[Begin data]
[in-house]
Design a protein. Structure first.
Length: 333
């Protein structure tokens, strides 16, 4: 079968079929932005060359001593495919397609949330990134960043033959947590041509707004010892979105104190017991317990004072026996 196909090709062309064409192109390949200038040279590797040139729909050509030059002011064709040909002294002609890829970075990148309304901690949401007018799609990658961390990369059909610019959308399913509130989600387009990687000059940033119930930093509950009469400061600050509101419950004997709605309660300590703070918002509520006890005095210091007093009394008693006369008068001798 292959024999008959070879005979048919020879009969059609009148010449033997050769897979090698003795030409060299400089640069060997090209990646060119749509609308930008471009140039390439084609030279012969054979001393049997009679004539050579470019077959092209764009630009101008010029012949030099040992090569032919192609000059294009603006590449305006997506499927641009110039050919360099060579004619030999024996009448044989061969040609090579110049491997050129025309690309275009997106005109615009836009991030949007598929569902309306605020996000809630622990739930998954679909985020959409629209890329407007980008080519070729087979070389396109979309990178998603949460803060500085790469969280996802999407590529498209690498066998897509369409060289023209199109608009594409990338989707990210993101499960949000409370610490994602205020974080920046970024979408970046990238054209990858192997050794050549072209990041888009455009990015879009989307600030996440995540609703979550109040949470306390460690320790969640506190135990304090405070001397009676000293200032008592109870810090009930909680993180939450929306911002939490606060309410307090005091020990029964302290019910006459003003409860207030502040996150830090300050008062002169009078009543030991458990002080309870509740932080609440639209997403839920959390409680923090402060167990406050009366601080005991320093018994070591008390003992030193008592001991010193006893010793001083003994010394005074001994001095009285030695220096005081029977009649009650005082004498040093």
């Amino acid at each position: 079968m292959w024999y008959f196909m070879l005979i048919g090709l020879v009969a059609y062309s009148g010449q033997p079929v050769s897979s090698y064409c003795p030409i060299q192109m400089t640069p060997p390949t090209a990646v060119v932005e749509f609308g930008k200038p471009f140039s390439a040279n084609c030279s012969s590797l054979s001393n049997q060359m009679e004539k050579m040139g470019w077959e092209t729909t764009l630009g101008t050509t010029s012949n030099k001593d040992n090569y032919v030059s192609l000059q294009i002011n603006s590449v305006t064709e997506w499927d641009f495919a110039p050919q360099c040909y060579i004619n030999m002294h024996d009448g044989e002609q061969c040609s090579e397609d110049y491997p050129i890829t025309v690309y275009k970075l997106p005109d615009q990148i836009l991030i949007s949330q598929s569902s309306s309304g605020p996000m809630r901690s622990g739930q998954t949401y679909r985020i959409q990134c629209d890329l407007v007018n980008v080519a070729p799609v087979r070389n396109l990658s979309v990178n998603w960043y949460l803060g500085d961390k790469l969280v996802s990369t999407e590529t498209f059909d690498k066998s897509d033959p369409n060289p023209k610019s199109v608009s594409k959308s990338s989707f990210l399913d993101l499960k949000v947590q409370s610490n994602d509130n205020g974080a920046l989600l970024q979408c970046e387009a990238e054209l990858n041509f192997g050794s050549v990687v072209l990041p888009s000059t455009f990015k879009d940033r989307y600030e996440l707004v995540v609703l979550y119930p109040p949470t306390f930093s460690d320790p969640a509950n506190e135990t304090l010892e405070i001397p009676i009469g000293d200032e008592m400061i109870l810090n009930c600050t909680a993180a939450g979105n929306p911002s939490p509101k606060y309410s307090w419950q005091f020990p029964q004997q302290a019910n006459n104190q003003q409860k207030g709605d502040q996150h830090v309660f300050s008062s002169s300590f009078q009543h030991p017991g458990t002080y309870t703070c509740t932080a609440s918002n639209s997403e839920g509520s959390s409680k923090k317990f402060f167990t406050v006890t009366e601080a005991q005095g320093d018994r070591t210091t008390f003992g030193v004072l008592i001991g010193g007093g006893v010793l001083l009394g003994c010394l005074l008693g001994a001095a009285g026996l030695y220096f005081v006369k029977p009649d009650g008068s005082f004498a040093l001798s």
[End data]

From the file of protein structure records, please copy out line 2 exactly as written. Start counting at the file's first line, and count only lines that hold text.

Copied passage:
Design a protein. Structure first.